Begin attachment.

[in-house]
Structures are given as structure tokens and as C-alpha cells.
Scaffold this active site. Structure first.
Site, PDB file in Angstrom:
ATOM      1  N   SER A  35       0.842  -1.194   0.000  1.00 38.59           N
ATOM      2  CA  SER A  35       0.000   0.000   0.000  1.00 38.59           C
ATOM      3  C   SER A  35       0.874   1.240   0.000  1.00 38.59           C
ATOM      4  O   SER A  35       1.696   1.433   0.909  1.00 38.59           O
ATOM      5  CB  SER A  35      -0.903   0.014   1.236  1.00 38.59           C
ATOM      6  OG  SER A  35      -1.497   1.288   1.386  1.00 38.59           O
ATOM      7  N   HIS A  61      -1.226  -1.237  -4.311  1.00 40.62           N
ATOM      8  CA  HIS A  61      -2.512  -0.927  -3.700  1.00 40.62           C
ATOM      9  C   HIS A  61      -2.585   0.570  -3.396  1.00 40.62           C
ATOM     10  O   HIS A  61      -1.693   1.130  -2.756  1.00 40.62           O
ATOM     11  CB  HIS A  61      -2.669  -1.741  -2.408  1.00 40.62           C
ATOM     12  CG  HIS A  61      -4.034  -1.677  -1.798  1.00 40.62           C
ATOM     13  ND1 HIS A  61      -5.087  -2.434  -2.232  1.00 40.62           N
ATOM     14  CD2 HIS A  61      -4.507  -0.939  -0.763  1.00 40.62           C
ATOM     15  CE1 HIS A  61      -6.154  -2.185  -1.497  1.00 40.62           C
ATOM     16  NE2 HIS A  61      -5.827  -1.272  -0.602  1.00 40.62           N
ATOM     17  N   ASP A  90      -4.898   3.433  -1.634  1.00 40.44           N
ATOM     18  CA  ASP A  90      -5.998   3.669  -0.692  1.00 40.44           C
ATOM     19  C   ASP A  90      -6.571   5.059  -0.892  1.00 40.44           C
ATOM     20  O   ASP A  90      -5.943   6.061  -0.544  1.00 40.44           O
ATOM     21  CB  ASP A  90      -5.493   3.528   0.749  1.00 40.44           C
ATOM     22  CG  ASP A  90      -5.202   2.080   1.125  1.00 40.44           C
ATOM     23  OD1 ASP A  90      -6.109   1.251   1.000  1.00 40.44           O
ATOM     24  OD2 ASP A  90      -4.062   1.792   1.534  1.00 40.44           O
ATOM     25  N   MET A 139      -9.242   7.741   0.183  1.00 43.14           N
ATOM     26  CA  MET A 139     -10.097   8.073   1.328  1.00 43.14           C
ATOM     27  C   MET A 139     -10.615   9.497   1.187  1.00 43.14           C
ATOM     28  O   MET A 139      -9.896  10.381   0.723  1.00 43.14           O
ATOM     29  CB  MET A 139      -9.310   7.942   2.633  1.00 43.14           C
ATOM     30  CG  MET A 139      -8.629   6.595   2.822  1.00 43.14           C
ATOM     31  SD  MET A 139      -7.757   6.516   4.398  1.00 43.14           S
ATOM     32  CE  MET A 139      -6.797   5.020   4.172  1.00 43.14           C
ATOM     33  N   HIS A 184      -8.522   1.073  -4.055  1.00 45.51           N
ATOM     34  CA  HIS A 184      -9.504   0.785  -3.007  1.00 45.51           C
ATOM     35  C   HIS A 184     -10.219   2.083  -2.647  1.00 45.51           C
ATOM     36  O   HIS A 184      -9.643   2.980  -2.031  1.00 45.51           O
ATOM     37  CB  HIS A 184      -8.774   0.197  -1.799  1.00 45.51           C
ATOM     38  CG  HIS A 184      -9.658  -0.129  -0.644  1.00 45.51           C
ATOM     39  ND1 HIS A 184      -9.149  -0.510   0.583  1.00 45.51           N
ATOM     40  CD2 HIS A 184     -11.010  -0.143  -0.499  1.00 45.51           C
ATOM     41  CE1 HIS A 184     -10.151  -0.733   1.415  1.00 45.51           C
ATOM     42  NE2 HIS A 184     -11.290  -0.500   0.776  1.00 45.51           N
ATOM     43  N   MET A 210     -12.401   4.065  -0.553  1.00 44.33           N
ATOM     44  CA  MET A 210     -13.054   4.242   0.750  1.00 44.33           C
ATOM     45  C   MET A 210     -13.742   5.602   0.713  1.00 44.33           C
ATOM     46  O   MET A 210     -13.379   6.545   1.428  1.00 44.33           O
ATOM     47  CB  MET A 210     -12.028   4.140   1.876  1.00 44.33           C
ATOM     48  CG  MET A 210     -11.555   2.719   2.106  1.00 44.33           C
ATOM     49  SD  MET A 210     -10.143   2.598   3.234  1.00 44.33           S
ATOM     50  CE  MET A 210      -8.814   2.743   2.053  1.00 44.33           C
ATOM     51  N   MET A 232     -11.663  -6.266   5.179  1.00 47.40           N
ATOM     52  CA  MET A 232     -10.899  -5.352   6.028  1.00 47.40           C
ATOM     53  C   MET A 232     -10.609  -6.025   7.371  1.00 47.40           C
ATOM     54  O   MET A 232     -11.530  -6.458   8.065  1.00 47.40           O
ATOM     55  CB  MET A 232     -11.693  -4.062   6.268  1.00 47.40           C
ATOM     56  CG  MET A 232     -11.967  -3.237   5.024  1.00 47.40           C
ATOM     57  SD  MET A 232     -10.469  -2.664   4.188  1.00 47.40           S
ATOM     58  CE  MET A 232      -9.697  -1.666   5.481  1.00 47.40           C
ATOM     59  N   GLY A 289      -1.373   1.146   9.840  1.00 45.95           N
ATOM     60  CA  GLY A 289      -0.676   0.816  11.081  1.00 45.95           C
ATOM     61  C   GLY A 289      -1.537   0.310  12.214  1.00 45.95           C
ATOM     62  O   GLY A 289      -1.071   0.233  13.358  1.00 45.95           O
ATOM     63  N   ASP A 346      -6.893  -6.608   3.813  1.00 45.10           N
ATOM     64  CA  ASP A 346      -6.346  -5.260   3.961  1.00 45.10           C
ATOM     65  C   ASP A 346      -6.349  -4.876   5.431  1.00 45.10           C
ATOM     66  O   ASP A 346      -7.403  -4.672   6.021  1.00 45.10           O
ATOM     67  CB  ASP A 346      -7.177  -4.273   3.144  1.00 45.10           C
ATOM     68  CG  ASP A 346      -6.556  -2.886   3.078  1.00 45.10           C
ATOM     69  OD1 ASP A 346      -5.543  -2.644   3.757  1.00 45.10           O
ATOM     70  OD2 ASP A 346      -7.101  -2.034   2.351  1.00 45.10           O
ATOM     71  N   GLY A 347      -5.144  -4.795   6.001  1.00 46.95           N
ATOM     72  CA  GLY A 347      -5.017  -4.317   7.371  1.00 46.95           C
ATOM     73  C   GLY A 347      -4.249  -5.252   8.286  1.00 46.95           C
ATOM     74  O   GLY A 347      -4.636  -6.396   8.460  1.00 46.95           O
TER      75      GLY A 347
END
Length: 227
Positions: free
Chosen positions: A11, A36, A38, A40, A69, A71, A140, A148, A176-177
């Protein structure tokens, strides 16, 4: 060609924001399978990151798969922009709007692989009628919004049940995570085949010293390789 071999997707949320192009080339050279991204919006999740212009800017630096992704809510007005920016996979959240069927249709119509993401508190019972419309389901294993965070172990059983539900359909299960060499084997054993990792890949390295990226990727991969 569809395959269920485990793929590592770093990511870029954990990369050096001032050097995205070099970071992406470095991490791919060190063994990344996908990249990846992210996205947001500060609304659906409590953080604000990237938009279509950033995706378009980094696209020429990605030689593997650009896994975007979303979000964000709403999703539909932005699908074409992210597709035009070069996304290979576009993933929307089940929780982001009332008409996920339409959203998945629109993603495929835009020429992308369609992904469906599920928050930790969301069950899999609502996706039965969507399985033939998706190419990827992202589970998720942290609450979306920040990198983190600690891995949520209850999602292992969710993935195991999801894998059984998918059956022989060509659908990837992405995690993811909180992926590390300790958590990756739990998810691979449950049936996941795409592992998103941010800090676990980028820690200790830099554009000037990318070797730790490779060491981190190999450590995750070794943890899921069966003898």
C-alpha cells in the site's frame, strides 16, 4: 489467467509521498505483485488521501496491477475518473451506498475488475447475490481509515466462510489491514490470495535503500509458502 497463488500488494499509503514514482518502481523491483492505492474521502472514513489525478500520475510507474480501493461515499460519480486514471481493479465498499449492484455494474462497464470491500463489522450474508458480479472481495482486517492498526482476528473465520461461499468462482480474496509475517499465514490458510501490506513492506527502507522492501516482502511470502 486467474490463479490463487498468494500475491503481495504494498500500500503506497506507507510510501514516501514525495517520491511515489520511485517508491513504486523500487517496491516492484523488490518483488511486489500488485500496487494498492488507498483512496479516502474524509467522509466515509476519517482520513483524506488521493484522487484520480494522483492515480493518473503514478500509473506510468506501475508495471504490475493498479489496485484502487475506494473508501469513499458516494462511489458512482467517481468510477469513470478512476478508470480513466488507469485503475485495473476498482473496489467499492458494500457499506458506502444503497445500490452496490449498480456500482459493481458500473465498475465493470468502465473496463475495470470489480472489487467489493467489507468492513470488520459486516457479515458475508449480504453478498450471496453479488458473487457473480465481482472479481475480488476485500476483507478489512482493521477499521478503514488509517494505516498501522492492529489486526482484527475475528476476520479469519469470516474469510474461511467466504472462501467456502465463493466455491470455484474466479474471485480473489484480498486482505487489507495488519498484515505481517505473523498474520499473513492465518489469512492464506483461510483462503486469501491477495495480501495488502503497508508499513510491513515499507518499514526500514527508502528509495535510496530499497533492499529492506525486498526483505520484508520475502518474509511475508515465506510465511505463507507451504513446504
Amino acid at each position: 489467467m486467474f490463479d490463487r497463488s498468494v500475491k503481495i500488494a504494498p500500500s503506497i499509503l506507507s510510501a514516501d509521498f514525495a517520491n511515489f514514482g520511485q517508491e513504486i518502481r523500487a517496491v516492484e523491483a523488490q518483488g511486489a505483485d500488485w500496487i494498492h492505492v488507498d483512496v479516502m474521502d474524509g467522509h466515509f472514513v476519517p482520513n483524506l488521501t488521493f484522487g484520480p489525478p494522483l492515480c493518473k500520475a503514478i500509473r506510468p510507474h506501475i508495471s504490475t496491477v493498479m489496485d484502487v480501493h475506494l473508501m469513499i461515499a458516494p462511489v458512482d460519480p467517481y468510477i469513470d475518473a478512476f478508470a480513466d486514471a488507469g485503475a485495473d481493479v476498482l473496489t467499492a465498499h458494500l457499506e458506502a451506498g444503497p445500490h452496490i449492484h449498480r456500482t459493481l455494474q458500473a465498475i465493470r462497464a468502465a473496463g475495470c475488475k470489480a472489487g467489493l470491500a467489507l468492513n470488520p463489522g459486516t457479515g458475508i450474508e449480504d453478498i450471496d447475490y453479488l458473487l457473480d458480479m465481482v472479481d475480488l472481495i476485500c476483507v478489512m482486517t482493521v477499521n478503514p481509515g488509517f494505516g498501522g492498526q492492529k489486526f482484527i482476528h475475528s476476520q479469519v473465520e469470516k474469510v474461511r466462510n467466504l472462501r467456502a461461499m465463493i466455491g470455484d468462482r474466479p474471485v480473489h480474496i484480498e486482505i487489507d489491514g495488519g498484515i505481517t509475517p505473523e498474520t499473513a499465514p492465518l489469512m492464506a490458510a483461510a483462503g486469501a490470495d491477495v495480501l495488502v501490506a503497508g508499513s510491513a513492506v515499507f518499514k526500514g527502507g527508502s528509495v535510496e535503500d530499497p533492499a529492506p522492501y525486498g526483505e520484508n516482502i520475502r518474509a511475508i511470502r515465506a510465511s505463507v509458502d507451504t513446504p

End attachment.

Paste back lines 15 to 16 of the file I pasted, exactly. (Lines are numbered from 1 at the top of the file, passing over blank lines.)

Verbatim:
ATOM     11  CB  HIS A  61      -2.669  -1.741  -2.408  1.00 40.62           C
ATOM     12  CG  HIS A  61      -4.034  -1.677  -1.798  1.00 40.62           C